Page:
Last updated: December 1, 2022

Summarytoggle arrow icon

Megaureter is defined as ureteral dilation > 7 mm. Primary megaureter is due to obstructed or refluxing vesicoureteral junction, while secondary megaureter is caused by bladder outlet obstruction. Although rare, primary megaureter is responsible for up to 20% of hydronephrosis cases in neonates. About half of the patients with megaureter are asymptomatic. The other half may present with a urinary tract infection, abdominal pain, or features of uremia. Ultrasound (prenatal and postnatal) shows ureteral dilation, which may be accompanied by hydronephrosis. CT or MR urography shows a constricted terminal ureter with proximal dilation, while voiding cystogram detects vesicoureteral reflux in refluxing megaureter. Prophylactic antibiotics and regular follow-ups are sufficient in patients with primary megaureter and preserved renal function. Surgery (terminal ureter resection and reimplantation into the bladder) is indicated in patients with deteriorating renal parameters. Patients with secondary megaureter require treatment of the underlying cause. Those who do not receive treatment can develop recurrent urinary tract infections, hydronephrosis, and obstructive nephropathy with permanent kidney damage.

Definitiontoggle arrow icon

  • Ureteral dilation > 7 mm in children [1]

Epidemiologytoggle arrow icon

Epidemiological data refers to the US, unless otherwise specified.

Etiologytoggle arrow icon

Primary megaureter

  • Primary obstructed megaureter
    1. Congenital developmental defect of the muscular layer of the terminal ureter
    2. Distal aperistaltic segment of ureter causing functional obstruction
    3. Increased intraureteral pressure in dilation
  • Primary refluxing megaureter: dilation of the ureter secondary to primary vesicoureteral reflux (VUR)

Secondary megaureter


Clinical featurestoggle arrow icon

Diagnosticstoggle arrow icon

Treatmenttoggle arrow icon

Primary megaureter

  • Conservative therapy
    • Indicated in children with preserved renal function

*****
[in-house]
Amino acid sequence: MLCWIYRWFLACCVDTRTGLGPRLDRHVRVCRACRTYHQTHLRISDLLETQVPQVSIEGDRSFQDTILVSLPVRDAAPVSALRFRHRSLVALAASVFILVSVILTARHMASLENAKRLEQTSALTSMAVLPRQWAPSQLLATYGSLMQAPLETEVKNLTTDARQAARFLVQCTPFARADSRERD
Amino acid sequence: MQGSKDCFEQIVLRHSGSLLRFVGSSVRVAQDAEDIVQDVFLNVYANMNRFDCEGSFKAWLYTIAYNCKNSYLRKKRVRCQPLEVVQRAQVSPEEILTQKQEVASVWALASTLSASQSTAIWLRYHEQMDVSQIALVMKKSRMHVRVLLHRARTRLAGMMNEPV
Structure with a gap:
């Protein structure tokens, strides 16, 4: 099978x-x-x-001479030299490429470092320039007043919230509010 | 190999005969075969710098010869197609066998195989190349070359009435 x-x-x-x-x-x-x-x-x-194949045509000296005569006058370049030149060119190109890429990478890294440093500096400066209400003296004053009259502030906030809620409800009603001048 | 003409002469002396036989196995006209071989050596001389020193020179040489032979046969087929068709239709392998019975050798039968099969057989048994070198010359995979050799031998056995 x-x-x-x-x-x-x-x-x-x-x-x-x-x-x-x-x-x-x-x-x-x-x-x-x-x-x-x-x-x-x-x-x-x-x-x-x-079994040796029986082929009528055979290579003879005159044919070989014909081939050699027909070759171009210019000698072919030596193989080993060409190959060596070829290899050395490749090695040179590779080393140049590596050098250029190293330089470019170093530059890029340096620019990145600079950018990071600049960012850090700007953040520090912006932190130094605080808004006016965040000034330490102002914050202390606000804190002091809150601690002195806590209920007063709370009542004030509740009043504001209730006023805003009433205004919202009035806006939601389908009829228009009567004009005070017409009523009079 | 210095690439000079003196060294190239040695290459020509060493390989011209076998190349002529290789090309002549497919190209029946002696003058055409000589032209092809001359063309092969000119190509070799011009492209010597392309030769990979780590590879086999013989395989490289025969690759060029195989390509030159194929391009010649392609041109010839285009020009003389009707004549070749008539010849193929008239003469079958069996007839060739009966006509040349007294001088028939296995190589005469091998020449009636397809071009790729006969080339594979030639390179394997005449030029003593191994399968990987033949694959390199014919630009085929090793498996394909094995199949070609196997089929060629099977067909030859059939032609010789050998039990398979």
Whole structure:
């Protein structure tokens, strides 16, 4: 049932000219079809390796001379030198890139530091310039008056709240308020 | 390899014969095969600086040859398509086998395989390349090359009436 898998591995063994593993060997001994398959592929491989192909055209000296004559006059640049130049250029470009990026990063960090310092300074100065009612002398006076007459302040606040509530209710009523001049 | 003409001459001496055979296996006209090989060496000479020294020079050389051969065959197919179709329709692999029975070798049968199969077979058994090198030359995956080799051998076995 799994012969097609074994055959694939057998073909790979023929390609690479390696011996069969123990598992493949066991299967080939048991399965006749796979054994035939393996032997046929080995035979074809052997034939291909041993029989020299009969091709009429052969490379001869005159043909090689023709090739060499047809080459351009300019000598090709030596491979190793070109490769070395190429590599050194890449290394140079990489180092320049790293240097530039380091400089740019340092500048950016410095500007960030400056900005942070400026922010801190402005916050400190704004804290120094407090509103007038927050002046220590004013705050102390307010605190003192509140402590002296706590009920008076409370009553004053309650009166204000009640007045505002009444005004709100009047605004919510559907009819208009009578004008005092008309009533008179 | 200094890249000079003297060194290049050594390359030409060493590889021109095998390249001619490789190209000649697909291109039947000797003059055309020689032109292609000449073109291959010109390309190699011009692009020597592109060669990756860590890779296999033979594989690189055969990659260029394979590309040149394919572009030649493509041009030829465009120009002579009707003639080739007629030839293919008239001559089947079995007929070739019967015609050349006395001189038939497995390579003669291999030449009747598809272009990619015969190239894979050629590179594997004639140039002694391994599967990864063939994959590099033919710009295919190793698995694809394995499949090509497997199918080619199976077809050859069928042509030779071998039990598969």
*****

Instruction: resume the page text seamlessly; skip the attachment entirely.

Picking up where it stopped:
• Prophylactic antibiotics
    • Regular follow-up
  • Surgery
    • Indicated in children with deteriorating renal function
    • Procedure: resection of the distal segment of the ureter and re-implantation into the bladder (ureteroneocystostomy)

Secondary megaureter

  • Treatment of the underlying disease

Complicationstoggle arrow icon

We list the most important complications. The selection is not exhaustive.

Referencestoggle arrow icon

  1. Cussen LJ. Dimensions of the normal ureter in infancy and childhood.. Invest Urol. 1967; 5 (2): p.164-78.
  2. Stoll C, Alembik Y, Roth MP, Dott B, Sauvage P. Risk factors in internal urinary system malformations.. Pediatr Nephrol. 1990; 4 (4): p.319-23.doi: 10.1007/BF00862508 . | Open in Read by QxMD
  3. Gimpel C, Masioniene L, Djakovic N, et al. Complications and long-term outcome of primary obstructive megaureter in childhood.. Pediatr Nephrol. 2010; 25 (9): p.1679-86.doi: 10.1007/s00467-010-1523-0 . | Open in Read by QxMD
  4. Megaureter. Updated: November 28, 2016. Accessed: April 7, 2017.
  5. Shokeir AA, Nijman RJM. Primary megaureter: current trends in diagnosis and treatment. BJU Int. 2001; 86 (7): p.861-868.doi: 10.1046/j.1464-410x.2000.00922.x . | Open in Read by QxMD

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 Evidence-based content, created and peer-reviewed by physicians. Read the disclaimer